seven steps

On 16th April 1963, a group of musicians led by Miles Davis gathered at Columbia Studios in Los Angeles.

It was a period of transition for Davis, who was trying out a new line up.

On piano was a 29 year-old British multi-instrumentalist named Victor Feldman, who Davis later recalled in his autobiography ‘could play his ass off.’

During the sessions that followed, the quintet led by Miles Davis recorded a Feldman tune that half a century later is a jazz standard – ‘Seven Steps To Heaven.’

Another tune ‘Joshua,’ named after his recently-born son, was also recorded and so great was Feldman’s contribution that Davis immediately offered him the piano stool in his band.

But in one of those ‘what if’ moments in music and life, Victor said ‘no,’ preferring to stay home with his young family and develop the more lucrative session work available to a musician of his many skills.

A few weeks later, Davis assembled yet another line-up to record in New York, this time featuring more new names – a teenage Tony Williams on drums and a replacement piano player called Herbie Hancock.

The rest, as they say, is jazz history.

What would have happened if Feldman had said ‘yes,’ we’ll never know.

But what we do know is that as well as a distinguished career in jazz, he then went on to establish himself as a ‘first-call’ session player – on piano, vibes and percussion – for the era’s great rock and pop artists.

In my blog today, marking 25 years to the day since Victor Feldman died aged just 53, I thought I would riff on the ‘Seven Steps’ theme.

Here are 7 recordings that show off Victor’s many talents as multi-instrumentalist and songwriter.

Step 1

Born in London on 7th April 1934, Feldman’s life as a child prodigy on drums and later on vibes is worth a separate blog. But he’s certainly up there with British jazz legends like George Shearing, Tubby Hayes, John Dankworth and of course Ronnie Scott.

It was Scott who in 1955 encouraged a young Victor to leave Britain where he was a superstar and try his luck in the home of jazz – America.

This 1965 tv recording perfectly illustrates their musical and personal rapport.

Victor Feldman and Ronnie Scott – Summer Love


Step 2

Feldman’s 1958 US album, the aptly titled ‘The Arrival of Victor Feldman’ (Contemporary S7549), featured Stan Levey on drums and Scott La Faro on bass.

What he does on vibes with Dizzy Gillespie’s ‘Bebop’ has to be heard to be believed.

Victor Feldman – Bebop


Step 3

Feldman’s role in American jazz is explored in Ted Gioia’s superb book ‘West Coast Jazz: Modern Jazz in California¬† 1945-1960’ where he states: ‘Feldman never gained the jazz reputation he deserved.’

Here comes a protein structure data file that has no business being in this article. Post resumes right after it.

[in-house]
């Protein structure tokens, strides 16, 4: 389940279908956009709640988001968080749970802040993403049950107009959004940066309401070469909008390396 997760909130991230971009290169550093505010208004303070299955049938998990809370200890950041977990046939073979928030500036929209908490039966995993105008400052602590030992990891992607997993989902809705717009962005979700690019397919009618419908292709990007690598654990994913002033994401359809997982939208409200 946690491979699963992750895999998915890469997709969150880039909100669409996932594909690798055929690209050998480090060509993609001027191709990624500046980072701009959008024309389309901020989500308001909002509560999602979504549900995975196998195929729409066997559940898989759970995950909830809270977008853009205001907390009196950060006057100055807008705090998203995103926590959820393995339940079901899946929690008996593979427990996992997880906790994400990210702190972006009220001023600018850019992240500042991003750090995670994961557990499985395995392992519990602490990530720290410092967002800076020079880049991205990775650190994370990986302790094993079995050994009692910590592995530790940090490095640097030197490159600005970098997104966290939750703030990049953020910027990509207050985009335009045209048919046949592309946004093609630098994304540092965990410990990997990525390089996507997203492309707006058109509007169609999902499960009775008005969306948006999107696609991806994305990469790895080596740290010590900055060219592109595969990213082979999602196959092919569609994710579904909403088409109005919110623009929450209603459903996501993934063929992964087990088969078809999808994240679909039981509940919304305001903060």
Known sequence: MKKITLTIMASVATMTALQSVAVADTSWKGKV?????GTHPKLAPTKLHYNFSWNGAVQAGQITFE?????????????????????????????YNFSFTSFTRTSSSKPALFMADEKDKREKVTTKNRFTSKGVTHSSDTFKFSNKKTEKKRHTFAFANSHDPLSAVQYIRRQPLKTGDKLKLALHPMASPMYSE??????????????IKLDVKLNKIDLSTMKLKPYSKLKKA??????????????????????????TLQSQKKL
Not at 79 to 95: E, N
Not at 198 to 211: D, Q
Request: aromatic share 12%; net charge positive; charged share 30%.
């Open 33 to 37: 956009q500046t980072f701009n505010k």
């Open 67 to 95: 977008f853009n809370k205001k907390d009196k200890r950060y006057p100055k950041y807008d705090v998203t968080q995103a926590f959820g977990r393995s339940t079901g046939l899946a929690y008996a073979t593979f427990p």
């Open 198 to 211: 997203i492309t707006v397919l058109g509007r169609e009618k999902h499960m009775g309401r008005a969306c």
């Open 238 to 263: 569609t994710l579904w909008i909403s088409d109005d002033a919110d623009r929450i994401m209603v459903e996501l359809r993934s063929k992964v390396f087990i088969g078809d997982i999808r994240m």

One of the jazz gigs that raised his profile was with Cannonball Adderley in 1960/61, best exemplified for me in the live club recording¬† ‘At The Lighthouse’ (Capitol Jazz).

‘Azule Serape’ with Victor on piano is a Feldman tune that Adderley played for many years.

Cannonball Adderley Quintet – Azule Serape


Step 4

There are hundreds of examples of Victor’s session work recorded from the mid-60s to the mid 80s to choose from. But here are three of my favourites.

His vibes work on ‘Razor Boy’ from Steely Dan’s ‘Countdown To Ecstasy’ (MCA) shimmers.

Steely Dan – Razor Boy


Step 5

As a percussionist, his contribution to the sound world of Tom Waits 1983 record ‘Swordfishtrombones’ (Island)¬† is evident in pretty much every track.

On this tune, Victor is credited with Hammond B-3 organ, drums and bells.

Tom Waits – In The Neighborhood


Step 6

And perhaps the FM radio hit that most people know featuring Victor’s work – ‘Sailing’ by Christopher Cross.

Once you’re listening for his percussion flourishes, you hear the song in a new light.

Christopher Cross – Sailing


Step 7

Finally, Miles Davis’s 1963 album ‘Seven Steps To Heaven’ (Columbia) is a fascinating document – Victor’s playing on the ballads ‘Basin Street Blues,’ ‘I Fall In Love Too Easily’ and ‘Baby Won’t You Please Come Home’ is exquisite.

Feldman’s ‘Joshua’ is another standard. This 1964 ‘live’ recording shows it off wonderfully.

Miles Davis Quintet – Joshua


I’m delighted that Josh Feldman – he of ‘Joshua’ fame – has created a website to celebrate his late father’s life and music.

So head off there to learn more about a remarkable musician and performer, who Britain and America and the world of music should celebrate on this day in particular.

Victor Feldman RIP.

Victor Feldman – official website

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